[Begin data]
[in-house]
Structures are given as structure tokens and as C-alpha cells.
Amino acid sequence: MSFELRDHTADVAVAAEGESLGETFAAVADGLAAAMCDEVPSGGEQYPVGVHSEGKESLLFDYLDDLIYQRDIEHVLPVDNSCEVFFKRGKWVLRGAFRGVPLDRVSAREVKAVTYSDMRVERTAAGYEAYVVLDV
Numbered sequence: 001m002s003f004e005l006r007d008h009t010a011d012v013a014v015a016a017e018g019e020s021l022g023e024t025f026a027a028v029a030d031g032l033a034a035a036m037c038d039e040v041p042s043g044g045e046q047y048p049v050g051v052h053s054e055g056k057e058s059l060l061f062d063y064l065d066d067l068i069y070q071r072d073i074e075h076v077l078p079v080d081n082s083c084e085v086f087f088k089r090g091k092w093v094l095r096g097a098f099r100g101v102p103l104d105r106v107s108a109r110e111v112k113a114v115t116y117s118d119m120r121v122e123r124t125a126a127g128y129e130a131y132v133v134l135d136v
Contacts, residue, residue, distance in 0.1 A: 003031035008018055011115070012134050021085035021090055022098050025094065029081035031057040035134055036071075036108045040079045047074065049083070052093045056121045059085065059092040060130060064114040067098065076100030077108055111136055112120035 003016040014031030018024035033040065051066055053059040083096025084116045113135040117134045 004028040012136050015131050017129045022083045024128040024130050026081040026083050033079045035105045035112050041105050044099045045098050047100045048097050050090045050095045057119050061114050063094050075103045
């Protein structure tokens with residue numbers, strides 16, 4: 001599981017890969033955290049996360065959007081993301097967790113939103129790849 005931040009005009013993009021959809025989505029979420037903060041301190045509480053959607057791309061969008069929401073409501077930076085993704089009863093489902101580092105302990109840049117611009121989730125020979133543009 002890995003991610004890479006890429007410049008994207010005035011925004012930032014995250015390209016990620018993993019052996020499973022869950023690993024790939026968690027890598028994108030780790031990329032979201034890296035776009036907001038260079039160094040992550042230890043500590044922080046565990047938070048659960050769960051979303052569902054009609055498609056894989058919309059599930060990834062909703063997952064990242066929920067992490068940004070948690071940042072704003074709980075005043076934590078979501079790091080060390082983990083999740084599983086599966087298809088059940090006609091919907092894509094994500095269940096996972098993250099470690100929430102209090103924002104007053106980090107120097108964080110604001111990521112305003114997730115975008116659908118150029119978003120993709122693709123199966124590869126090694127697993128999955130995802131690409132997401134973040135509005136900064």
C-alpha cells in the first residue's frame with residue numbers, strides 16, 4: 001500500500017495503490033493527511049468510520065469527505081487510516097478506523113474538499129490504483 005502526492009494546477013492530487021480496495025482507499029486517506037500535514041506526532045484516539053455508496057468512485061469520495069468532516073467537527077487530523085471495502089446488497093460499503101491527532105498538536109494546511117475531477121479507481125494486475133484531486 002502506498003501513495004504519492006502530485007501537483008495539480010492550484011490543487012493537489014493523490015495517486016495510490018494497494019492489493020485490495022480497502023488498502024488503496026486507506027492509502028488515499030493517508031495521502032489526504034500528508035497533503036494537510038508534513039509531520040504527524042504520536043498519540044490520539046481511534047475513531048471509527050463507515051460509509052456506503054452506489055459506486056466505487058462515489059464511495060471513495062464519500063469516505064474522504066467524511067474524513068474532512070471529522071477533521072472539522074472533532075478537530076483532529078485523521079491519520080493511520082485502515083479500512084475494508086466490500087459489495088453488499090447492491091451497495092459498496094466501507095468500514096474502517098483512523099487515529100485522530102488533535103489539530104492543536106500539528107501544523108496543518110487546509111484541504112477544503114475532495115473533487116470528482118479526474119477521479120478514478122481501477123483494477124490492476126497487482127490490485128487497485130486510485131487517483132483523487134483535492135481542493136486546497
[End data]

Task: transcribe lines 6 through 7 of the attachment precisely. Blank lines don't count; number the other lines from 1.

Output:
């Protein structure tokens with residue numbers, strides 16, 4: 001599981017890969033955290049996360065959007081993301097967790113939103129790849 005931040009005009013993009021959809025989505029979420037903060041301190045509480053959607057791309061969008069929401073409501077930076085993704089009863093489902101580092105302990109840049117611009121989730125020979133543009 002890995003991610004890479006890429007410049008994207010005035011925004012930032014995250015390209016990620018993993019052996020499973022869950023690993024790939026968690027890598028994108030780790031990329032979201034890296035776009036907001038260079039160094040992550042230890043500590044922080046565990047938070048659960050769960051979303052569902054009609055498609056894989058919309059599930060990834062909703063997952064990242066929920067992490068940004070948690071940042072704003074709980075005043076934590078979501079790091080060390082983990083999740084599983086599966087298809088059940090006609091919907092894509094994500095269940096996972098993250099470690100929430102209090103924002104007053106980090107120097108964080110604001111990521112305003114997730115975008116659908118150029119978003120993709122693709123199966124590869126090694127697993128999955130995802131690409132997401134973040135509005136900064």
C-alpha cells in the first residue's frame with residue numbers, strides 16, 4: 001500500500017495503490033493527511049468510520065469527505081487510516097478506523113474538499129490504483 005502526492009494546477013492530487021480496495025482507499029486517506037500535514041506526532045484516539053455508496057468512485061469520495069468532516073467537527077487530523085471495502089446488497093460499503101491527532105498538536109494546511117475531477121479507481125494486475133484531486 002502506498003501513495004504519492006502530485007501537483008495539480010492550484011490543487012493537489014493523490015495517486016495510490018494497494019492489493020485490495022480497502023488498502024488503496026486507506027492509502028488515499030493517508031495521502032489526504034500528508035497533503036494537510038508534513039509531520040504527524042504520536043498519540044490520539046481511534047475513531048471509527050463507515051460509509052456506503054452506489055459506486056466505487058462515489059464511495060471513495062464519500063469516505064474522504066467524511067474524513068474532512070471529522071477533521072472539522074472533532075478537530076483532529078485523521079491519520080493511520082485502515083479500512084475494508086466490500087459489495088453488499090447492491091451497495092459498496094466501507095468500514096474502517098483512523099487515529100485522530102488533535103489539530104492543536106500539528107501544523108496543518110487546509111484541504112477544503114475532495115473533487116470528482118479526474119477521479120478514478122481501477123483494477124490492476126497487482127490490485128487497485130486510485131487517483132483523487134483535492135481542493136486546497